Skip to comments.Waco is Clinton's Bay of Pigs - The Defense of Wesley Clark
Posted on 09/19/2003 9:07:19 AM PDT by Incorrigible
Below I present two BLOG articles (ie, not mainstream media, just some guy on the campaign trail known as newberry) from the website The Clark Sphere. This appears to be at least a semi-official web site for his campaign. I thought them interesting to see how the defense of Wesley Clark is shaping up.
The first article slanders Reagan and Bush and blames the people they appointed with the Waco firestorm.
Waco is Clinton's Bay of Pigs - an operation planned before he took office, and handed to his new AG. The tactical elements in charge had been selected before hand.
PBS compiled this timeline.
It takes the timelines from the two major reports - the 1993 report which had key omissions, and the later Danforth report. The FBI turned over to congress information relating to use of military shells, but did not highlight it, leading to charges of a cover up by Republican congressmen later. Waxman then documented that the material had been turned over to congress, but was buried among voluminous documentation.
This is the Department of Justice's first report on Waco and other materials.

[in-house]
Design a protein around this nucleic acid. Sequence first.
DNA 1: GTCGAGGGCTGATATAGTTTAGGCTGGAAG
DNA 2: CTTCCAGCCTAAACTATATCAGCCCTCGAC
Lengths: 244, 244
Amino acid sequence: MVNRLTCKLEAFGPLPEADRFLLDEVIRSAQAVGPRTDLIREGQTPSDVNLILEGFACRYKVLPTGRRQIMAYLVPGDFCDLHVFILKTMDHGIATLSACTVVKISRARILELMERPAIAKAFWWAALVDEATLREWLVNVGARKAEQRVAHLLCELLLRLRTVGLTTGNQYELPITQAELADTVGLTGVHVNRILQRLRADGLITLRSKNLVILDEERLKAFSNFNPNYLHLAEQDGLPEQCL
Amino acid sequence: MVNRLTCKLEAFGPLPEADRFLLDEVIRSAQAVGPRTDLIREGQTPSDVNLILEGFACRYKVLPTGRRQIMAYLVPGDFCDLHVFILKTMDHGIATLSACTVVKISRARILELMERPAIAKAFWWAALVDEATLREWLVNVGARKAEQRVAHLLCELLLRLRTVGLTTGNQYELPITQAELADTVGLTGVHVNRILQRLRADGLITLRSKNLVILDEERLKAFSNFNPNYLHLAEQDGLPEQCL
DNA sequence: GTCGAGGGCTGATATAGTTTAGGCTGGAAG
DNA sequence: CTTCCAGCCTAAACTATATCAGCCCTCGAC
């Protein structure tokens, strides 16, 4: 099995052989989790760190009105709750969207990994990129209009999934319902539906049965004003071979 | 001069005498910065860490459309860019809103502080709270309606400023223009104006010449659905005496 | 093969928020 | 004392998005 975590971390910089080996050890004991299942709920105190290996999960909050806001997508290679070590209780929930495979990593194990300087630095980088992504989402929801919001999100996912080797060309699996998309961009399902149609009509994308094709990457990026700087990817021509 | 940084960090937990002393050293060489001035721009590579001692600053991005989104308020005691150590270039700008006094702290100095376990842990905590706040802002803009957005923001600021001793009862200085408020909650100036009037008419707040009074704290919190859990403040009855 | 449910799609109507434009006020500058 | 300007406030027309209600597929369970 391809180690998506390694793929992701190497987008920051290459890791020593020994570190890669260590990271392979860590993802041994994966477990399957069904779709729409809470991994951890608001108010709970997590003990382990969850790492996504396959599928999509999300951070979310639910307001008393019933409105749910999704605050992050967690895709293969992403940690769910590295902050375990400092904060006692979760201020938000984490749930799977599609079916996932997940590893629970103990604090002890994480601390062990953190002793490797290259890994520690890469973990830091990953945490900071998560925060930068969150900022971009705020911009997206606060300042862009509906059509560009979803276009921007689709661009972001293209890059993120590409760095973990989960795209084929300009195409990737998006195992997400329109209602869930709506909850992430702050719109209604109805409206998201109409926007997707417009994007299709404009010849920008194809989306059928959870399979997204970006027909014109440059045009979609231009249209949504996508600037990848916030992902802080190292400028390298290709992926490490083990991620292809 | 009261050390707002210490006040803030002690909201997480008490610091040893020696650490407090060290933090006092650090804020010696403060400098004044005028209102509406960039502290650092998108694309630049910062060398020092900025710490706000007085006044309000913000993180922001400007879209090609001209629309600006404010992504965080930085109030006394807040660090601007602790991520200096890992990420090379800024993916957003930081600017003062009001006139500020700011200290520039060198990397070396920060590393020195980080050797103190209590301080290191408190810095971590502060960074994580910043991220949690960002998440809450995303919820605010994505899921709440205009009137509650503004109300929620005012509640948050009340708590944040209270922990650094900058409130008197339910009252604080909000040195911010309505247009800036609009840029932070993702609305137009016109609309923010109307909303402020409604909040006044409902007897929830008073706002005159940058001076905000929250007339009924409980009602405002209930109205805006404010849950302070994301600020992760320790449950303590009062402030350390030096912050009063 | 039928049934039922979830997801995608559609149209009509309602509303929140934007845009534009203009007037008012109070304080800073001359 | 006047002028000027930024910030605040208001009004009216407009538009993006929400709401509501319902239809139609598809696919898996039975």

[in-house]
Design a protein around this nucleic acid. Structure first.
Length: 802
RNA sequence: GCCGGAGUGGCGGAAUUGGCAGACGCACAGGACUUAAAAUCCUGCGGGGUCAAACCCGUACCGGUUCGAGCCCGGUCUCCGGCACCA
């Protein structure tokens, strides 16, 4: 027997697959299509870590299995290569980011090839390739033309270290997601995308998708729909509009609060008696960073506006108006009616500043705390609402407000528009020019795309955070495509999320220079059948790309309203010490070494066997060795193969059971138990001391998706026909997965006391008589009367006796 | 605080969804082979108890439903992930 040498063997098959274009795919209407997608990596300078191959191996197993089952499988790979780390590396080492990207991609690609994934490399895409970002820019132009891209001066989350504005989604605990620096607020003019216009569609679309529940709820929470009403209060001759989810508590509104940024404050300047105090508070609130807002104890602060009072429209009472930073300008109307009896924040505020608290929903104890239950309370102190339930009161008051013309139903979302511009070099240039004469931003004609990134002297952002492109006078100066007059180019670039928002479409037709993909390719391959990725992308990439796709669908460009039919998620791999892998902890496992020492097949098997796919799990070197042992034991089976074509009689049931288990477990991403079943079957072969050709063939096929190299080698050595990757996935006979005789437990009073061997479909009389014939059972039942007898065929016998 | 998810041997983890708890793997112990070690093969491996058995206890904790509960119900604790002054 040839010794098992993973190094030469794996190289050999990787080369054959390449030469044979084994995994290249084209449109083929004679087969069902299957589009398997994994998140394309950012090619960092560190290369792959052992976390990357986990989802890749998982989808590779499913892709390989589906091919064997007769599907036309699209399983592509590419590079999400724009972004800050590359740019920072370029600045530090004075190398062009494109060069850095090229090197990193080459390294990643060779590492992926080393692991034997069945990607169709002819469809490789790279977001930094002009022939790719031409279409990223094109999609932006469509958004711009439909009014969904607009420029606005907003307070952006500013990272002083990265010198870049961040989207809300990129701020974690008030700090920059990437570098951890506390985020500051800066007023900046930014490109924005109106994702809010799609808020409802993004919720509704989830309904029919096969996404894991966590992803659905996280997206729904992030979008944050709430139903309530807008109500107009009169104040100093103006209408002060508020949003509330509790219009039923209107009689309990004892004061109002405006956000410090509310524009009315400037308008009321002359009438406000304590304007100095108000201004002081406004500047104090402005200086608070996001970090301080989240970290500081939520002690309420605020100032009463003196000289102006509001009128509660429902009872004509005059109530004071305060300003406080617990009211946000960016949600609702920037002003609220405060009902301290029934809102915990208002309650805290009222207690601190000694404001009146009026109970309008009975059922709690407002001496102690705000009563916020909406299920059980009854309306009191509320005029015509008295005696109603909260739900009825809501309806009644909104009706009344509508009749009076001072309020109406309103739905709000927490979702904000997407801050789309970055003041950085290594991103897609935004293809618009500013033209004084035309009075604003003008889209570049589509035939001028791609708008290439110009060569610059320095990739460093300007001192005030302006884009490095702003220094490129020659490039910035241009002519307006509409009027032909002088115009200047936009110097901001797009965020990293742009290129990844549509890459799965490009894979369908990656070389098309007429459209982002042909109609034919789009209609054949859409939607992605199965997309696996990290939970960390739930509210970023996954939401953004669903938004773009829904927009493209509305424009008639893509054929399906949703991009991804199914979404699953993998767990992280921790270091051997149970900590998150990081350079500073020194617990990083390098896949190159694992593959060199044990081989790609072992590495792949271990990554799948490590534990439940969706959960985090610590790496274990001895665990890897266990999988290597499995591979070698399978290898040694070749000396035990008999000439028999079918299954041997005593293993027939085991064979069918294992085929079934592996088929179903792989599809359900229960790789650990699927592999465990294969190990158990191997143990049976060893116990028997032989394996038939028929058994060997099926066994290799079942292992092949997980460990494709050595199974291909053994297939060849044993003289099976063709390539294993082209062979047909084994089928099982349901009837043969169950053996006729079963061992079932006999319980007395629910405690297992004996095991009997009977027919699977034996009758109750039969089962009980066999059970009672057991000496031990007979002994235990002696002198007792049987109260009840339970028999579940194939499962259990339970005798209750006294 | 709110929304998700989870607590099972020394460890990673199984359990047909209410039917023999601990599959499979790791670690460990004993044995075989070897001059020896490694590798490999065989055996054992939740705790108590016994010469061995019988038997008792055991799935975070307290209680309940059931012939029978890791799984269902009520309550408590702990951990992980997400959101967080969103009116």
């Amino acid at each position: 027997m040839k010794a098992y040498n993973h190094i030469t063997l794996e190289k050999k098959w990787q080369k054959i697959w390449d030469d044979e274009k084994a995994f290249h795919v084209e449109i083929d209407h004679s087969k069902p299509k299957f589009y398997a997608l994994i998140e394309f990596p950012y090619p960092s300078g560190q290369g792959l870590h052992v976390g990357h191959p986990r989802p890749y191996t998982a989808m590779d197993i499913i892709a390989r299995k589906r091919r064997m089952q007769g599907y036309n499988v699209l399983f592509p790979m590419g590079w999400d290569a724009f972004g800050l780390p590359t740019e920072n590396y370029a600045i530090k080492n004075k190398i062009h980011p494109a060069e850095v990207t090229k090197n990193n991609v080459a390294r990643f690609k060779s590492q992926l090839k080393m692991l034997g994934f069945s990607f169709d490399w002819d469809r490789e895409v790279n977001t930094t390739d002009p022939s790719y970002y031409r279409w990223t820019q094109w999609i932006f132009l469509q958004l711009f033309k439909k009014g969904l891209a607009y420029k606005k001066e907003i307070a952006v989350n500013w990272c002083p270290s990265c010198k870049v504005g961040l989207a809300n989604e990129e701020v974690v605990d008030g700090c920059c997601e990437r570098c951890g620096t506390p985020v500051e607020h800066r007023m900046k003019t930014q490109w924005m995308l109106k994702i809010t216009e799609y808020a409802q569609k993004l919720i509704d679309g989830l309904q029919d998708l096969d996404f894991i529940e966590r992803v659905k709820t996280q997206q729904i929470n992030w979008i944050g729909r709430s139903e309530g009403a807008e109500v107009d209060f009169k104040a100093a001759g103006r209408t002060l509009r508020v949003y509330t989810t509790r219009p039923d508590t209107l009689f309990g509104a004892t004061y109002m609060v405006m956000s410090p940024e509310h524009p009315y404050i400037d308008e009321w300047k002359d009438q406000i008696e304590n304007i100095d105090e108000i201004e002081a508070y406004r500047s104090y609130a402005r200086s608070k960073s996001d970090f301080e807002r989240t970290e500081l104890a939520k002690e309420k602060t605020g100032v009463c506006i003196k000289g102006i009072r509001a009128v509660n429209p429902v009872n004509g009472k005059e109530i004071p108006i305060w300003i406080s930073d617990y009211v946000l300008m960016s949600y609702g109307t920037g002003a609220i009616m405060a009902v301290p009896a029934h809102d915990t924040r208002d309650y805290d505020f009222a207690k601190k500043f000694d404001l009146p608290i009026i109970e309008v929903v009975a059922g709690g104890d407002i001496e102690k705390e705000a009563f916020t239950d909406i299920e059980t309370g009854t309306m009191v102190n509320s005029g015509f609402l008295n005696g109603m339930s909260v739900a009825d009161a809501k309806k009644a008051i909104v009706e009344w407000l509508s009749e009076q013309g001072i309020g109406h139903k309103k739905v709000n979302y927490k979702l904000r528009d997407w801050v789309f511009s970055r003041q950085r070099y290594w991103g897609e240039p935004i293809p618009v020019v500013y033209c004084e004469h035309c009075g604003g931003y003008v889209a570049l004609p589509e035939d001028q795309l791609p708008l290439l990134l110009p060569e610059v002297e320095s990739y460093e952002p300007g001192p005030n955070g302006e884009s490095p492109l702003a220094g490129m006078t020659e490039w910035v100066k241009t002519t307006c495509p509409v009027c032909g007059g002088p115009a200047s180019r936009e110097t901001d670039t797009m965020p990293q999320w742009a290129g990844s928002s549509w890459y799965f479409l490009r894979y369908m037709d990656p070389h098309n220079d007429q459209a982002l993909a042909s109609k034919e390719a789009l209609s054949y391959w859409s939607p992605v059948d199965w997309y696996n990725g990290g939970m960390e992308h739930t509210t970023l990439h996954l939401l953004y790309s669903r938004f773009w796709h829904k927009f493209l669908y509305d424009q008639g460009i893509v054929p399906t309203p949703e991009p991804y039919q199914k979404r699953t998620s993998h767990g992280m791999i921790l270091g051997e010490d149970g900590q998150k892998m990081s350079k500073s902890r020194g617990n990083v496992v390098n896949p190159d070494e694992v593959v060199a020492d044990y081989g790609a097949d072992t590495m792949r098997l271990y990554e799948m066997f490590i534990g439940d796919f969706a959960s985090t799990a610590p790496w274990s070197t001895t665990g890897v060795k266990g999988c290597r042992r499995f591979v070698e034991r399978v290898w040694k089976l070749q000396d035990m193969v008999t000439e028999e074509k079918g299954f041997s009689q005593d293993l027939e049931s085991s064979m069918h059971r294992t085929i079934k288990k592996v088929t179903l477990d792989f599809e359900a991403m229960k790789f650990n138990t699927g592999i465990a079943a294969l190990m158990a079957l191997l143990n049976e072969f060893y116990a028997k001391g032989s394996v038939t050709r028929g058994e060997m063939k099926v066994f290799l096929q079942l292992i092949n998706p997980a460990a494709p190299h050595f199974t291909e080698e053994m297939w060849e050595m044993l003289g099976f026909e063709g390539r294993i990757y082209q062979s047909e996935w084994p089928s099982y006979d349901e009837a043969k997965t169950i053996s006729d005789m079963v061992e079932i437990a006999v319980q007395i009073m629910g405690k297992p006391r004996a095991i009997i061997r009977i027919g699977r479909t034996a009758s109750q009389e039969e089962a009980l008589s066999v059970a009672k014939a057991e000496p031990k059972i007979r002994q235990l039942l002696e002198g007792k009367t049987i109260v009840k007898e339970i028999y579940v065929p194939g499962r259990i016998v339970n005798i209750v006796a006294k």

It is important to remember that Clinton had been in office less than a month when the stand off started, and the action had been planned in advance. Reno was not even AG until March, and certainly had not had any time to even place her own people in charge. While the right wing likes to portray Waco as Clinton's fault - and Reno's - the truth is that the team doing the ground level work consisted of Reagan-Bush people, and at key points, it showed. Reno took full responsibility, which is what the person in charge should do - but let's not kid ourselves, ground level bungling made Waco what it was, and the people on the ground had not been put there by Clinton or Reno.
Both of these reports state that Acting AG Gerson ordered the military vehicles from Fort Hood, that they were driven by FBI tactical agents. That the only meetings with military commanders on strategy were not with Clark or other elements at Hood, but with US military Delta Force officers. Clark was ordered by McClarty on behalf of the Gerson to release vehicles to the operation, and, according to some reports train people to drive them. No members of the first cav were assigned, and Clark had neither operational nor advisory input on the matter. Both the Scruggs and Danforth reports concur on this point.